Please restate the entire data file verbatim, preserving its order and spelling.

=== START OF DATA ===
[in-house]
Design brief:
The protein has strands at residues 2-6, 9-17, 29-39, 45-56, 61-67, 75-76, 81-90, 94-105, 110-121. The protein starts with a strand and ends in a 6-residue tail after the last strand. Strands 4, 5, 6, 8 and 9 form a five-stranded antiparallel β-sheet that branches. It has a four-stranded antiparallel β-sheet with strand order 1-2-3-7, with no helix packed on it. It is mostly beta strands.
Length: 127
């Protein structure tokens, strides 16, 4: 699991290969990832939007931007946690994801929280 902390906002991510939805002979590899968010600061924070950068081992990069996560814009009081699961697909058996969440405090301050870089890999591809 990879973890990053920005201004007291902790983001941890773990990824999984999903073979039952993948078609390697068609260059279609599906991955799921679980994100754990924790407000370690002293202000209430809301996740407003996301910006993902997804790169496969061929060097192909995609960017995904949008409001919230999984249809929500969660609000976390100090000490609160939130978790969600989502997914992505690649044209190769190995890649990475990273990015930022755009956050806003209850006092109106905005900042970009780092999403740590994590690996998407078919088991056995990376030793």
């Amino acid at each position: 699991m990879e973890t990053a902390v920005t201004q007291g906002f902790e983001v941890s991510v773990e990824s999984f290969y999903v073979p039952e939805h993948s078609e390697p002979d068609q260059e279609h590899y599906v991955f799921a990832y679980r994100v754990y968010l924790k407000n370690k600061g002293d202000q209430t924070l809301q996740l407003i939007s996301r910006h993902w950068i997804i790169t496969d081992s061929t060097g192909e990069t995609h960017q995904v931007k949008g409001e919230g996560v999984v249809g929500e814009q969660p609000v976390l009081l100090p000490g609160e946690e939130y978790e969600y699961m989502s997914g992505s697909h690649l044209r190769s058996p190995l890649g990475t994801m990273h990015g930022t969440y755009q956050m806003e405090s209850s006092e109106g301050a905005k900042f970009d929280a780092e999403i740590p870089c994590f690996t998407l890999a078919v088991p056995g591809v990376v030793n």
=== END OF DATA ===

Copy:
[in-house]
Design brief:
The protein has strands at residues 2-6, 9-17, 29-39, 45-56, 61-67, 75-76, 81-90, 94-105, 110-121. The protein starts with a strand and ends in a 6-residue tail after the last strand. Strands 4, 5, 6, 8 and 9 form a five-stranded antiparallel β-sheet that branches. It has a four-stranded antiparallel β-sheet with strand order 1-2-3-7, with no helix packed on it. It is mostly beta strands.
Length: 127
């Protein structure tokens, strides 16, 4: 699991290969990832939007931007946690994801929280 902390906002991510939805002979590899968010600061924070950068081992990069996560814009009081699961697909058996969440405090301050870089890999591809 990879973890990053920005201004007291902790983001941890773990990824999984999903073979039952993948078609390697068609260059279609599906991955799921679980994100754990924790407000370690002293202000209430809301996740407003996301910006993902997804790169496969061929060097192909995609960017995904949008409001919230999984249809929500969660609000976390100090000490609160939130978790969600989502997914992505690649044209190769190995890649990475990273990015930022755009956050806003209850006092109106905005900042970009780092999403740590994590690996998407078919088991056995990376030793």
């Amino acid at each position: 699991m990879e973890t990053a902390v920005t201004q007291g906002f902790e983001v941890s991510v773990e990824s999984f290969y999903v073979p039952e939805h993948s078609e390697p002979d068609q260059e279609h590899y599906v991955f799921a990832y679980r994100v754990y968010l924790k407000n370690k600061g002293d202000q209430t924070l809301q996740l407003i939007s996301r910006h993902w950068i997804i790169t496969d081992s061929t060097g192909e990069t995609h960017q995904v931007k949008g409001e919230g996560v999984v249809g929500e814009q969660p609000v976390l009081l100090p000490g609160e946690e939130y978790e969600y699961m989502s997914g992505s697909h690649l044209r190769s058996p190995l890649g990475t994801m990273h990015g930022t969440y755009q956050m806003e405090s209850s006092e109106g301050a905005k900042f970009d929280a780092e999403i740590p870089c994590f690996t998407l890999a078919v088991p056995g591809v990376v030793n």